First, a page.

There were also film clips from various productions over the years. The most enticing was Regina Resnik singing "Liaisons" from A Little Night Music. She forgot to read in the decrepit diva handbook where you're supposed to croak this particular song with leathery tone and approximate pitch, finessing the whole thing by virtue of age and attitude. If this exists as a whole, I'd love to see it.

What drove the crowd most vociferously bonkers was also my favorite item: Lauren Flanigan dressed in a rather outrageous get-up singing the sleepwalking scene from Macbeth with such delicious melodrama you'd think she was trying to remind the opera companies of North America of her existence. Listen, on dit that she's not the world's most pleasant colleague, and it seems like it miiiiight have something to do with her long absence from City Opera. Since I don't have to work with her, I wish to say: HIRE HER.


Anonymous said...

Beth Clayton and Patricia Racette are a couple. Very out.

I have been presented with a Word Verification that says ibukpd. If there had been one letter different...

Anonymous said...

From what I have heard, Flanigan no longer has the vocal means to get through a full operatic role. She can sing and/or declaim an aria at a gala, and last season she sang Tan Dun songs for a ballet at NYC Ballet but beyond that I don't think we will see her tackling much big stuff unless/until she finds some solutions. I don't think being "difficult to work with" has sabotaged her career as much as vocal variability and some stories about not knowing her role at dress rehearsals.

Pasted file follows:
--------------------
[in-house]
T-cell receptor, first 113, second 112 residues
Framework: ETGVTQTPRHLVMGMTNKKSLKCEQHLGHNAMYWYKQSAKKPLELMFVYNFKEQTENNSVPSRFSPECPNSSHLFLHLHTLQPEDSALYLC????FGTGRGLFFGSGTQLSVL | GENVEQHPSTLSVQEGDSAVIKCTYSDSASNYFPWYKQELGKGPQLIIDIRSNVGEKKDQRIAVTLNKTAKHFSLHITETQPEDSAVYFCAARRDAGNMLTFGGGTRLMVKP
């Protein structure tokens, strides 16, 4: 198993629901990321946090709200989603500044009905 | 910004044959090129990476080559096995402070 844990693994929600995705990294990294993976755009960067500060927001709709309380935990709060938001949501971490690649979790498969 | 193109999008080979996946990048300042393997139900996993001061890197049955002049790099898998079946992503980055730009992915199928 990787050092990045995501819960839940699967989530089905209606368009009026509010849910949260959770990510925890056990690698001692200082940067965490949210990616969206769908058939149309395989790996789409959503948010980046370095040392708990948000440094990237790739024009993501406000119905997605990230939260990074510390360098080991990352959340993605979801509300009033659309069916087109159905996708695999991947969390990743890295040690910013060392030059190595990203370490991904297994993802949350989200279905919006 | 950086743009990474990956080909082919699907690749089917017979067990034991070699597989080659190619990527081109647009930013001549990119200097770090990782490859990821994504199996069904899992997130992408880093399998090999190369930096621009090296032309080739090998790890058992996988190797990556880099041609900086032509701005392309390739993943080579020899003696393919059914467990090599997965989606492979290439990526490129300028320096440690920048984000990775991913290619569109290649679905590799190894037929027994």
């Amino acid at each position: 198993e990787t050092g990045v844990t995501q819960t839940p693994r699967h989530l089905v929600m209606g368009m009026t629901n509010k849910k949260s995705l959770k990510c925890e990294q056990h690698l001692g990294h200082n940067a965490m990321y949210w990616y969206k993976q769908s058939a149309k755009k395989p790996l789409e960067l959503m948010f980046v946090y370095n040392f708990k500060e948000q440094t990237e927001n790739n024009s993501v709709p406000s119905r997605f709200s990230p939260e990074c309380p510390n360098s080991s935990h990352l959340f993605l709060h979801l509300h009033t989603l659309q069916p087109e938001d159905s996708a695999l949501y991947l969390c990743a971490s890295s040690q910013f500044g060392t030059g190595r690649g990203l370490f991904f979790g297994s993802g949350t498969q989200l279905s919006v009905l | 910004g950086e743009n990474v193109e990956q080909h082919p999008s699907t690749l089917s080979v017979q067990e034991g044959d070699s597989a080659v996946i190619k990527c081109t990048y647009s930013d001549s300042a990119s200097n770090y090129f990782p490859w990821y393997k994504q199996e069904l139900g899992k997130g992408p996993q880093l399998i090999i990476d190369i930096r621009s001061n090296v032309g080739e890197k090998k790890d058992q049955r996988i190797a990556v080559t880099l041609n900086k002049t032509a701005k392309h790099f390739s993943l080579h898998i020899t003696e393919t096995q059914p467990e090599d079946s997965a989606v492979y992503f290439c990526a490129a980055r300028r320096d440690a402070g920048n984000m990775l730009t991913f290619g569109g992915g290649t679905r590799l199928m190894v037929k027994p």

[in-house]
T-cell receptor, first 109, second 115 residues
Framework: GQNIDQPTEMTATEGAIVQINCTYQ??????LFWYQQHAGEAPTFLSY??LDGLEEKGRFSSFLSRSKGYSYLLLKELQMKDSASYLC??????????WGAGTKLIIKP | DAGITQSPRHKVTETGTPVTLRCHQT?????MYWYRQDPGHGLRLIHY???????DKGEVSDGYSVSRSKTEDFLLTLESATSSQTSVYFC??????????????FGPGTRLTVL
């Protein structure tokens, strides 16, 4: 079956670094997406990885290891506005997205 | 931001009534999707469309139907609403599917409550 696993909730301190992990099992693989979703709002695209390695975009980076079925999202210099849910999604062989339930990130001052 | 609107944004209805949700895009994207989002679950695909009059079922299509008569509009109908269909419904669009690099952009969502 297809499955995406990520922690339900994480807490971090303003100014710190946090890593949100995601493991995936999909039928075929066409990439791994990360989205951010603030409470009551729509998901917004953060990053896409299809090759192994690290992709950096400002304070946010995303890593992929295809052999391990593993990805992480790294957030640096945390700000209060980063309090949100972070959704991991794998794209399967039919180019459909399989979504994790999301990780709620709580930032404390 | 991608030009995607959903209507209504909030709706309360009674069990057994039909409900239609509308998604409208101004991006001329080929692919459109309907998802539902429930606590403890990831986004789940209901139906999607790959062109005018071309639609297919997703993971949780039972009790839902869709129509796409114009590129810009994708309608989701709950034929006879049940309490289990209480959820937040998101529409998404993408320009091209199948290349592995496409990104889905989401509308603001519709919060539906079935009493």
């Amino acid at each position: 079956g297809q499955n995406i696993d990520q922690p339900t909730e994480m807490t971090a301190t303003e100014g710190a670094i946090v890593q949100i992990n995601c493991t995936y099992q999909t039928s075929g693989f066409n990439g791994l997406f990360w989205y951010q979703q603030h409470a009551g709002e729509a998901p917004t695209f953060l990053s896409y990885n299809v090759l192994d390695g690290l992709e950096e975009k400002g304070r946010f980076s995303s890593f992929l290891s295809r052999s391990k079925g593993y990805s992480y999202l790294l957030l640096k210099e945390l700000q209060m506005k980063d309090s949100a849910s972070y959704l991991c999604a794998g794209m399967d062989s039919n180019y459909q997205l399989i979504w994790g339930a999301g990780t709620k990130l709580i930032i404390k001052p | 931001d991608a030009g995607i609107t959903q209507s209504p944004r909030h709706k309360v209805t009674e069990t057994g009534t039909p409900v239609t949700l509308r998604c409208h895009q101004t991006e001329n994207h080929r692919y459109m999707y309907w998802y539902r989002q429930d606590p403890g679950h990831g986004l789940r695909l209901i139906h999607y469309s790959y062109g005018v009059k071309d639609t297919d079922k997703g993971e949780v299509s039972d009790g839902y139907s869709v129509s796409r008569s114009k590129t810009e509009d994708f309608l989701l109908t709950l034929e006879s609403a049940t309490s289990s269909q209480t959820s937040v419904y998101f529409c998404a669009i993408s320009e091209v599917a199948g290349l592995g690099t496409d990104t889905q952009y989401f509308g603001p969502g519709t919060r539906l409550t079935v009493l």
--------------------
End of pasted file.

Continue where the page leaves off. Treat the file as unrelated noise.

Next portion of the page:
Then again, I may be wrong.

Maury D'annato said...

anonymous fellow or gal: it's a tricky instrument. My first impression of her was from tapes of Macbeth at City Opera. I thought she was way out of her depth. Later I heard her sing Abigaille in-house, expecting catastrophe, and I still don't know if it was voice or personality or some of both, but she unquestionably put it over. A complete success. It just didn't sound like a done-for voice at this gala. "Una macchia" is not a walk in the park, and the parts of the voice you'd expect to be gone if the instrument isn't working anymore weren't. It wasn't a beautiful sound but it wasn't ever, was it?

JSU said...

Her best part was Christine. The heavy stuff: why?

Your Domingo joke: classic.

Anonymous said...

I can say from working with her repeatedly that Ms.Flanigan is not difficult to work with. She was in pretty good voice at the Gala and was the only one called back for another bow. Yes. City Opera should hire her again. It needs the kind of fire she exhibted that night.

As one who has watched her vocal state for a long time- she's managed to essay dramatic parts when, in fact, her instrument is that of a full lyric (she was very good in coloratura parts at one time!) soprano.

Her real talent lies in her commitment to character. She make you believe in what she does, despite her vocal defects. And for good or ill, that is what modern audiences have come to demand.